The nose is very attractive, with a perfume-like finesse and a lighter than usual appearance. A fresh, complex and floral nose shows Christmas lilies, violets and honeysuckle. There are the hallmark, darker Dry River characters of fruit of the forest, plum and berry compote, mixed with a gentle touch of oak. Upon first approach the wine is soft and broad, with ripe, almost sweet fruit characters on the front of the palate. The intricate and round tannins have a mature presence with seamless integrated oak, something we would normally only see after two to three years. Towards the mid palate the wine is gaining power with a dynamic force, presumably a combination of the fruit and tannin density, governed through a radiant acidity. The structured finish is long and abundant in fruit, lingering to ponder the interest in the typicity of the vintage.
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- Red Fruits
- Red Cherry
Critic Scores & reviews
"Slightly peppery, but also deliciously floral and inviting, with a mix of red and black fruits, and what might be called a strong, gently earthy ferrous thing going on. It’s pure and clean, the acidity pitch-perfect, fine white pepper tannin, energy and clarity, and a long stony finish with wafts of perfume trailing. It’s the quiet ones you have to watch…"
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The New Zealand wine industry is one of the younger wine regions in the world, whose popularity grew immensely when Marlborough Sauvignon Blanc hit the world wine scene, quite unique in style when compared to the typical French Sancerre.
Wine is successfully cultivated on both the North and South islands from a latitude of 36 degrees in the North to 45 degrees for the most southerly wine region in the world, the South Island's Central Otago. The majority of regions are located in free-draining alluvial valleys except for Waiheke Island and Kawarau Gorge in Central Otago and benefit from the moderating effect of the maritime climate as no vineyard is more than 80 miles from the ocean. With plentiful sunshine hours and cool evening sea breezes, the grapes thrive.
Sauvignon Blanc is the major white variety people will think of when you mention New Zealand Whites, however fantastic Chardonnay, Riesling, Pinot Gris, Gewurztraminer and less commonly Viognier, Chenin Blanc and Pinot Blanc. Pinot Noir is the most widely planted red variety in New Zealand although Cabernet Sauvignon, Merlot (Bordeaux Blends), Syrah are also grown and in even smaller amounts, Tempranillo and Montepulcianos can too be found. Sparkling wines of very high standards are also made in New Zealand.
The key wine regions in New Zealand include Auckland, Canterbury, Central Otago, Gisborne, Hawke's Bay, Marlborough and Nelson.
Maori for 'glistening waters’, the Wairarapa is located in the southeast corner of New Zealand's North Island, about an hour away from Wellington. Amongst the small, quaint towns and rolling fields of livestock, you'll find some of New Zealand's finest wines.
The small community of boutique winemakers in the region work hard to preserve the unique terroir of the region. Wairarapa offers hot summers, cool nights, and long, dry autumns that are perfect for ripening. The strong winds and harsh, semi-maritime climate leads to low yields of healthy, small grapes with very thick skins - these grapes are treated with care to make some outstanding wine.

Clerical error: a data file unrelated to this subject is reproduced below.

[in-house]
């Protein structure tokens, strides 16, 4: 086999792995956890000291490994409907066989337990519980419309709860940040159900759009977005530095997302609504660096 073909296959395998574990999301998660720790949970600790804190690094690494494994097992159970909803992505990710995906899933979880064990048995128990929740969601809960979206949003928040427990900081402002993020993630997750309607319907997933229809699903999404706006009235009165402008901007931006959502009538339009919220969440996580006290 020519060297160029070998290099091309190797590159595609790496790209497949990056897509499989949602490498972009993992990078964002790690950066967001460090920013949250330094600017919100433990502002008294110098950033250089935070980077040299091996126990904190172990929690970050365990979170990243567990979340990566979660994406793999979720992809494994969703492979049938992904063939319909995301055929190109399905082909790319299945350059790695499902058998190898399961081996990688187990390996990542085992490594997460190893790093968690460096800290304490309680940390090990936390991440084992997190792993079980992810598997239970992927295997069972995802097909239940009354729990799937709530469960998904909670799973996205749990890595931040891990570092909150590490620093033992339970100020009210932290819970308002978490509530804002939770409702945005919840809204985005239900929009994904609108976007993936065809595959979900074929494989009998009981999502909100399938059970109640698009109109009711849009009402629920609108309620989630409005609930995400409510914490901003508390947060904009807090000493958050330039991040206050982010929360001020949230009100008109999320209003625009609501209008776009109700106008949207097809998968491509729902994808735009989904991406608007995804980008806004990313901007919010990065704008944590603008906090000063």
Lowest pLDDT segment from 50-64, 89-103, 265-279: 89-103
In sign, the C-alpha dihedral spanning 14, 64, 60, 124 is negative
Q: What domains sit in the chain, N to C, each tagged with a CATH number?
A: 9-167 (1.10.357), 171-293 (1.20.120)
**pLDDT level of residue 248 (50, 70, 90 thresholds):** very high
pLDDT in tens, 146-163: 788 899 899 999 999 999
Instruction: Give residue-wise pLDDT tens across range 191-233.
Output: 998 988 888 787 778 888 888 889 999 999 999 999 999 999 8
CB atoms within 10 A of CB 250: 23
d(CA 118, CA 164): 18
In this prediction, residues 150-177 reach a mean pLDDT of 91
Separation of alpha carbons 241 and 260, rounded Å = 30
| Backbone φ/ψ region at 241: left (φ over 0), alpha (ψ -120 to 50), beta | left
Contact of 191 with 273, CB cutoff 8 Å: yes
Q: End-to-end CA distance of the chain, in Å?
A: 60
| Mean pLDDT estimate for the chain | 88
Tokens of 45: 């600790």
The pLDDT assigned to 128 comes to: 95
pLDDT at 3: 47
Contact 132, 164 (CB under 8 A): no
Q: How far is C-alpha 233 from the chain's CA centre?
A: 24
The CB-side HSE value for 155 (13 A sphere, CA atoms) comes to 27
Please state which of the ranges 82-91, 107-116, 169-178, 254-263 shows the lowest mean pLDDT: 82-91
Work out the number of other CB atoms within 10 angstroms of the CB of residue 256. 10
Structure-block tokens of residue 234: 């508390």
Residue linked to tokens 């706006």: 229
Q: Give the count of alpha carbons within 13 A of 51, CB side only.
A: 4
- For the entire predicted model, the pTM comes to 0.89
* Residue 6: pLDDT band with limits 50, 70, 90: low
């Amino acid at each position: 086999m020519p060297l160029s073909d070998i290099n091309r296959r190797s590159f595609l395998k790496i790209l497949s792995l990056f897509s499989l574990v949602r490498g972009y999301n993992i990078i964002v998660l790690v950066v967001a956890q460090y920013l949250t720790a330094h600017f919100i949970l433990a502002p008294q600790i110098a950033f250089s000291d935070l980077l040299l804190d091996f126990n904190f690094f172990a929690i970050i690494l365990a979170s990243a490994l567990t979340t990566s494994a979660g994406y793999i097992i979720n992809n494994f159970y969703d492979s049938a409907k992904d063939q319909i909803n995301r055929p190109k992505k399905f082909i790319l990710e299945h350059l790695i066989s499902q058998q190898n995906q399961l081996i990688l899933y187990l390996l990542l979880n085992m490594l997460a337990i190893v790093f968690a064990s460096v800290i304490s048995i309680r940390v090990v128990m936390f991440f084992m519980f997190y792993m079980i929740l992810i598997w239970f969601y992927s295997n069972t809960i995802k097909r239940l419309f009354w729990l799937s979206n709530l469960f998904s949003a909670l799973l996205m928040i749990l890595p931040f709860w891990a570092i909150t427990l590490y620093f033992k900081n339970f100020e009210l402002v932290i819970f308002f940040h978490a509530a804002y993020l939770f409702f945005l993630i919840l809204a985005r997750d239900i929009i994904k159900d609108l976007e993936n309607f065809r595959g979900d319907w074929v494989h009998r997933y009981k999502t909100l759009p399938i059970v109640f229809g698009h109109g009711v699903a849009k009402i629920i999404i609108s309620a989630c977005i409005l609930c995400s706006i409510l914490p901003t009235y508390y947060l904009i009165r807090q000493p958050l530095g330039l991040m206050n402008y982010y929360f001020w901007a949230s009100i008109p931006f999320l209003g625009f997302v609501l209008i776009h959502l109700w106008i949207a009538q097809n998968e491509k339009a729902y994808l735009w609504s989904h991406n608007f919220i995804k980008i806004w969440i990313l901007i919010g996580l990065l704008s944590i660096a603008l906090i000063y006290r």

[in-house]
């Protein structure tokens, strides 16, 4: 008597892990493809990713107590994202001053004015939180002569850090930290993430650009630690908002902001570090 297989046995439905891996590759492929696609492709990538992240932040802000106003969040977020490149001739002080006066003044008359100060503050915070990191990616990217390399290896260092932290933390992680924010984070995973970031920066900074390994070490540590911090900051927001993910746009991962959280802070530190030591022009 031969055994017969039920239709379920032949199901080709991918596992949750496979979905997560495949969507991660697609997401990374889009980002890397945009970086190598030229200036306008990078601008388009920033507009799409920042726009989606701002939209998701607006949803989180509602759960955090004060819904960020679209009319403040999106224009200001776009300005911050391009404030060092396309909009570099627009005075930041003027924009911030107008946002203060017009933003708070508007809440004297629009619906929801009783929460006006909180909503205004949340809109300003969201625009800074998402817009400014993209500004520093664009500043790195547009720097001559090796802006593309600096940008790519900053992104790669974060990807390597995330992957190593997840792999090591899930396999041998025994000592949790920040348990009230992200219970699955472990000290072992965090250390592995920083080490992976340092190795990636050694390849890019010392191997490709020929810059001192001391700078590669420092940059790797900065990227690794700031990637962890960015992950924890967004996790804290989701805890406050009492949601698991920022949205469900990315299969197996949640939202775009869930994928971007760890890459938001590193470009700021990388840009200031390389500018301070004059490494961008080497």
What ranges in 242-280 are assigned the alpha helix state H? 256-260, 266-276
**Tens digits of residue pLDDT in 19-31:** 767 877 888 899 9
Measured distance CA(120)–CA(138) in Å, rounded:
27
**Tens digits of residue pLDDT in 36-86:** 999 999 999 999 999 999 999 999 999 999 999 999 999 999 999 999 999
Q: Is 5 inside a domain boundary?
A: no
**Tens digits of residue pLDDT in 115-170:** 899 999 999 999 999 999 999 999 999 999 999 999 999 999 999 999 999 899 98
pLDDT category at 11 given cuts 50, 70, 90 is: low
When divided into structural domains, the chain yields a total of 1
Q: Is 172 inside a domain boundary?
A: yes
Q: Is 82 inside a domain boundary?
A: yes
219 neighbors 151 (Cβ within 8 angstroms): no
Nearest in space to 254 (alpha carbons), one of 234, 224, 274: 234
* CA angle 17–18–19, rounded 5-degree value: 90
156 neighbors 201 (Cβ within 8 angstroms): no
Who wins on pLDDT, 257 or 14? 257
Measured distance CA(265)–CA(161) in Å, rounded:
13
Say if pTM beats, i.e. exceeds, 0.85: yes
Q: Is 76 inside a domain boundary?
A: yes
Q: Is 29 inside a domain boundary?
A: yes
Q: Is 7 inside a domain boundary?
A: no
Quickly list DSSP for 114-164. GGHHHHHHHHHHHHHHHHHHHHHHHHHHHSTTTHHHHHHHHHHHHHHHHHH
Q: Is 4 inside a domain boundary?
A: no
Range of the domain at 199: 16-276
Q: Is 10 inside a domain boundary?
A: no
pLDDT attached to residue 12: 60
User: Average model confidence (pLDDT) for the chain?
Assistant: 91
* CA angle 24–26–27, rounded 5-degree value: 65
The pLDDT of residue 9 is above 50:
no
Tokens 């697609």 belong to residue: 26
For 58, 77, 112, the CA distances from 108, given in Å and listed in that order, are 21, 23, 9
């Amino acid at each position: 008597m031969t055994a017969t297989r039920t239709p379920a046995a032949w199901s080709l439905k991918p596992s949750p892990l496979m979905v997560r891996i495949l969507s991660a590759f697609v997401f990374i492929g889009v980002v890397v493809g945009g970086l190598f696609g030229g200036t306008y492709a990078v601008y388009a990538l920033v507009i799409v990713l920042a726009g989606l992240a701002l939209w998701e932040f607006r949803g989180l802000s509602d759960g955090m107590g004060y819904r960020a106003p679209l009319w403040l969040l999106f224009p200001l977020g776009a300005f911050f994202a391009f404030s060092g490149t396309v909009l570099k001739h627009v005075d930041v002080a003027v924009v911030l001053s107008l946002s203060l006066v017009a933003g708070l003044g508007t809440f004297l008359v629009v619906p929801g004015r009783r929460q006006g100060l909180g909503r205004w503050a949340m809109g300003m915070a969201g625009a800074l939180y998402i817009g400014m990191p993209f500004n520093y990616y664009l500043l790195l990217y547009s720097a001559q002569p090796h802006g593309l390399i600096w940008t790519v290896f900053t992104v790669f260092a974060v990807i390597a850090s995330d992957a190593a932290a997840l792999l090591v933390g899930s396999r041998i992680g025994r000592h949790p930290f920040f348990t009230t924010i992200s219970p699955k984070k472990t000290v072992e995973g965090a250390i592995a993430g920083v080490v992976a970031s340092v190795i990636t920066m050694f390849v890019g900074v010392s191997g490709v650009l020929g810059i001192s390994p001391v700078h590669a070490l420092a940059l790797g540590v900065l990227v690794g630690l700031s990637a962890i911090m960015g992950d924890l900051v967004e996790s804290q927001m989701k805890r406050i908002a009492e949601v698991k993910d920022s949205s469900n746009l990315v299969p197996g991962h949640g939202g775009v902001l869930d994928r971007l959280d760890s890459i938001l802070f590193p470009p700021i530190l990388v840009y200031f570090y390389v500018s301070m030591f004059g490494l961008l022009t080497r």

The wine region of Martinborough is located in South Wairarapa on the southern end of the north island, and in only 30 years or so has gone from a sleepy colonial town to a world-class wine village.
The region has picked up numerous international awards since the 1990’s with Pinot Noir picking up the lion’s share of the medals. Pinot Noir is undoubtedly the flagship wine of the region, with some incredible wines being produced.
The mineral-laden soils, combined with the cool climate provide the perfect backdrop for Pinot Noir, much as it has for centuries in Burgundy, France. Indeed the Pinot Noirs produced are very Burgundian in style, a compliment not adorned to many other wine regions worldwide.
The micro-climate of Martinborough is rather warm, with hills both to the east and west. Most all of the vineyards are located in thin strips around the northern and eastern sides of the town or on the Dry River to the south of Martinborough. All the vineyards follow dry riverbeds, which have the desired soil structure for viticulture.
Although Pinot Noir is the king of the reds, Shiraz is also cultivated and in the whites, Riesling, Gewurtztraminer and Pinot Gris are grown.
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About the brand Dry River
Dry River vineyard was established in 1979 by Dr Neil and Dawn McCallum. In 2003 the vineyard and winery were sold to Julian Robertson and Reg Oliver with Neil staying at the helm as Chief Winemaker until his retirement in 2011.
Dry River aptly describes the very arid, gravely and free-draining site. The first wines, Chardonnay, Gewurztraminer and Pinot Gris were bottled in 1984 and Dry River has since developed a reputation as one of New Zealand's most iconic pioneering wineries.
Some of the methods used at Dry River, in order to bottle true expression of the vineyard site includes no irrigation, old vines and low crop levels. Cultural management practices in the vineyard that help achieve optimal phenolic ripeness include shoot positioning, leaf plucking and maintenance applications of nutrients.
Their approach to winemaking is to preserve rather than enhance what is produced naturally on the vine. Minimal movements of the young wine, low levels of new oak barrels and a cool cellar environment assist the transition from vineyard to bottle. All wines are bottled at an early stage of evolution and reach their potential under a natural cork closure. The wines tend to be slow to evolve in the bottle but as a result of this, are very long-lived.